1. Courts of equity may impose an equitable bar to a complaint when the lapse of time and a claimant's neglect in asserting rights causes prejudice to the adverse party. 1
In determining whether laches should apply, courts consider the length of the delay, the sufficiency of the excuse, the loss of evidence on disputed matters, the opportunity for the claimant to have acted sooner, and whether the plaintiff or defendant possessed the property during the delay. 2
The defendant must show prejudice from the delay. 3
The record shows that neither the brothers nor their heirs filed their claim until 20 years after the conveyance and 11 years after Ida Loden's death. During these years, Thomas Loden's legal ownership is undisputed: his name appeared as sole owner on the deed and he paid all of the property taxes and insurance. The claimants' fathers, the primary beneficiaries of the alleged agreement to divide the land, chose not to enforce that agreement during their life, although they survived Ida Loden by two years in one instance and five years in the other. In addition, the claimants declined to challenge Thomas' ownership during the proceedings connected with their grandmother's and fathers' estates or to assert any interest when he sold timber on the property. These delays have prejudiced Thomas Loden by forcing him to dispute claims based on conversations with persons who are now dead.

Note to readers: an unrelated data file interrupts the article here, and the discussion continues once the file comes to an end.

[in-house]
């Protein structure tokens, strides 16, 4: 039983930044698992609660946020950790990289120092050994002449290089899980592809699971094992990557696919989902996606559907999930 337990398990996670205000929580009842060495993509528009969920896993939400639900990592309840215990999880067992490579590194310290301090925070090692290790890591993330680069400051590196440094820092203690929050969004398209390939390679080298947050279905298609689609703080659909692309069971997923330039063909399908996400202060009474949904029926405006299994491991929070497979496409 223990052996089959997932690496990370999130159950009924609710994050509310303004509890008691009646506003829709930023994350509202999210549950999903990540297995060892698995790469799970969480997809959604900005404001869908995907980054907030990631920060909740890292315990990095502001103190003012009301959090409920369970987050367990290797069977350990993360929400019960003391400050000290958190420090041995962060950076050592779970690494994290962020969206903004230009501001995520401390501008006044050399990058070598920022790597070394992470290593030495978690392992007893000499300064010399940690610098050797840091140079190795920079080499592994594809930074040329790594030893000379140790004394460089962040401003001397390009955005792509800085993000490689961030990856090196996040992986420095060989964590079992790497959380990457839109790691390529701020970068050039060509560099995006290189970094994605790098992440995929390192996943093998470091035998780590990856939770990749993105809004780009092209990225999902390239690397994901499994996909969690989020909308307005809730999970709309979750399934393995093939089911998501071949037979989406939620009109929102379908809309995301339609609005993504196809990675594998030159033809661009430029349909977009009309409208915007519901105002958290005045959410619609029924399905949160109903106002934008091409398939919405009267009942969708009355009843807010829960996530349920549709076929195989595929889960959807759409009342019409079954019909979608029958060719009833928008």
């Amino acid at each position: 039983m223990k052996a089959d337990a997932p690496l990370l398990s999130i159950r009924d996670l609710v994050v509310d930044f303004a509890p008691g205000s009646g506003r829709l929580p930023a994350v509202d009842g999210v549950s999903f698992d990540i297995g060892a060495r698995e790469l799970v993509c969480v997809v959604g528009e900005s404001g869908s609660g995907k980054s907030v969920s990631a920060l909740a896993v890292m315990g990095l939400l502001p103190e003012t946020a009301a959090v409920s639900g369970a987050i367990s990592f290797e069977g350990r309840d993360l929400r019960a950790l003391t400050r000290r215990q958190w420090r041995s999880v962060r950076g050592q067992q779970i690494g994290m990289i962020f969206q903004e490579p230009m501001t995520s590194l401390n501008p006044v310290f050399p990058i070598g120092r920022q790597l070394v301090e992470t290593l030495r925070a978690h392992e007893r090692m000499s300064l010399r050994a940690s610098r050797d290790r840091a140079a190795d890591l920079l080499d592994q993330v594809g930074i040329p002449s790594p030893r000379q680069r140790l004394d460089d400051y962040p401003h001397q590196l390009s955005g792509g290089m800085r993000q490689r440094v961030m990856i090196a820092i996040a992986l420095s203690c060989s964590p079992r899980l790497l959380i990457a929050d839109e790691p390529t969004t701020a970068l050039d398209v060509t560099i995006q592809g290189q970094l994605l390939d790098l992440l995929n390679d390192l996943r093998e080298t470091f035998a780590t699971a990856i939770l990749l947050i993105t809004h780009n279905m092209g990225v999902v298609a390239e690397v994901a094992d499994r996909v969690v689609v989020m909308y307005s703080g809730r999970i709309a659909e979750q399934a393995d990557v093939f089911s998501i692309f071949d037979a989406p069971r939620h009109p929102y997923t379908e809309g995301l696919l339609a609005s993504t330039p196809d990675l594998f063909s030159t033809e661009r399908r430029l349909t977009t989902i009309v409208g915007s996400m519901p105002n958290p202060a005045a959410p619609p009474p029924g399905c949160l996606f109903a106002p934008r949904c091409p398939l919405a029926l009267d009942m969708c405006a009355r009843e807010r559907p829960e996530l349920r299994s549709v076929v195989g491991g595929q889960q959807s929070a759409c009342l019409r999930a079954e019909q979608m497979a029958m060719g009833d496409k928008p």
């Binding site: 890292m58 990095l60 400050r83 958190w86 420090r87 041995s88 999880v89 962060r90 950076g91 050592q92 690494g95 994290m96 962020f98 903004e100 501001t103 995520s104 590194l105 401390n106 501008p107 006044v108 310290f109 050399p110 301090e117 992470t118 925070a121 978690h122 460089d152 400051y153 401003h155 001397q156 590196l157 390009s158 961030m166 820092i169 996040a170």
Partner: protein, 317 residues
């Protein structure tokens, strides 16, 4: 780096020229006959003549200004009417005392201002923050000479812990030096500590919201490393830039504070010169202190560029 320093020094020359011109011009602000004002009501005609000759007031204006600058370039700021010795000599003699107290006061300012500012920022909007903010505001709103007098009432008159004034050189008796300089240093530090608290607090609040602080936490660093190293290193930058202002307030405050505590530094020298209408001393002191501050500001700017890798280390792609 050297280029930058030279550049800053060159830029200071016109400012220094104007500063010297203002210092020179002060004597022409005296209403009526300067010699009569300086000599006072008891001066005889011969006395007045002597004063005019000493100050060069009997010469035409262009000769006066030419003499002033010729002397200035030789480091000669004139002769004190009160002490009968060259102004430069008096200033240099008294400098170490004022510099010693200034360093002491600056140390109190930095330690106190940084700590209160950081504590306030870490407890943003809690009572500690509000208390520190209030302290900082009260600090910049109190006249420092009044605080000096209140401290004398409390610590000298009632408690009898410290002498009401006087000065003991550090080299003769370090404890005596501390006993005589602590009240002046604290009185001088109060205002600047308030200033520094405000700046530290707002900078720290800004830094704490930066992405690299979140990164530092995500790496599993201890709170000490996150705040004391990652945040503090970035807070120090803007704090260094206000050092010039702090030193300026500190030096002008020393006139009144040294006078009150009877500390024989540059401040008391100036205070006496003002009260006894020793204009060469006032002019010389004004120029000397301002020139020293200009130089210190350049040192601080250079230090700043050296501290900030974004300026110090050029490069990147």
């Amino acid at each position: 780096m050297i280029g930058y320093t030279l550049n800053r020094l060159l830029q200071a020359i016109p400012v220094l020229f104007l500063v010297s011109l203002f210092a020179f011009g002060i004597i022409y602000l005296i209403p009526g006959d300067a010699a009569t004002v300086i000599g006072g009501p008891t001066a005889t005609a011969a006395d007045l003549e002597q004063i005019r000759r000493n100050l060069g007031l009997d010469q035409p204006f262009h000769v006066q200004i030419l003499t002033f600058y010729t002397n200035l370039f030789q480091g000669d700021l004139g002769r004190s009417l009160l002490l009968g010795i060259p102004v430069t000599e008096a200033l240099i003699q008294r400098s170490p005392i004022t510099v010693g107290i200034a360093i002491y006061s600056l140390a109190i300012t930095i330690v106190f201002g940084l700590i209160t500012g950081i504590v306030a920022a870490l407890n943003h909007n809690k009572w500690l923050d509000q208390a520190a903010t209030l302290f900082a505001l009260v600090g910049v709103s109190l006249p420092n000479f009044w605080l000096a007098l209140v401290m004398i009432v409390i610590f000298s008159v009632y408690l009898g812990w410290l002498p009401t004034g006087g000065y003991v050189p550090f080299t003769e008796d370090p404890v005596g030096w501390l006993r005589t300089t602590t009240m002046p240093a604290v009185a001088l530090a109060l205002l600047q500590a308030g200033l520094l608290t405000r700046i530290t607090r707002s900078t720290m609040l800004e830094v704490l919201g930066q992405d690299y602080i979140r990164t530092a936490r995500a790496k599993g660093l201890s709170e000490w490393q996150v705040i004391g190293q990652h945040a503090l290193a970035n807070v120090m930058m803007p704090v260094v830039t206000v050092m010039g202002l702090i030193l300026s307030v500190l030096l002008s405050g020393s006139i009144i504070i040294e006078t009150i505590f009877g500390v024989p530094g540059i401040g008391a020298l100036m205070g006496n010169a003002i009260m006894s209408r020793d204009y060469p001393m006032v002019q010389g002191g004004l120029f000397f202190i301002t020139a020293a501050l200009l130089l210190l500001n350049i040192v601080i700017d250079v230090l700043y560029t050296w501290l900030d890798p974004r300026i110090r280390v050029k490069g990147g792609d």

2. A trial court may grant summary judgment if the record shows that there is no genuine issue of material fact and the moving party is entitled to a judgment as a matter of law. Because laches is a factual defense, the better practice is for "the trial judge, sitting as a chancellor in equity, and without the intervention of a jury" to hold an evidentiary hearing and issue findings of fact rather than act on motions for summary judgment as a matter of law. 4
Although there was no evidentiary hearing in this case, the record was developed through depositions of all the parties and other relevant witnesses and shows that the claimants' long delay in seeking a property division is inexcusable and has rendered the ascertainment of the truth difficult. Accordingly, the trial court properly ruled that the affirmative defense of laches bars this action.
Moore, for appellants.
Vandiver & Vandiver, S. Ernest Vandiver III, J. Barclay Black, for appellee.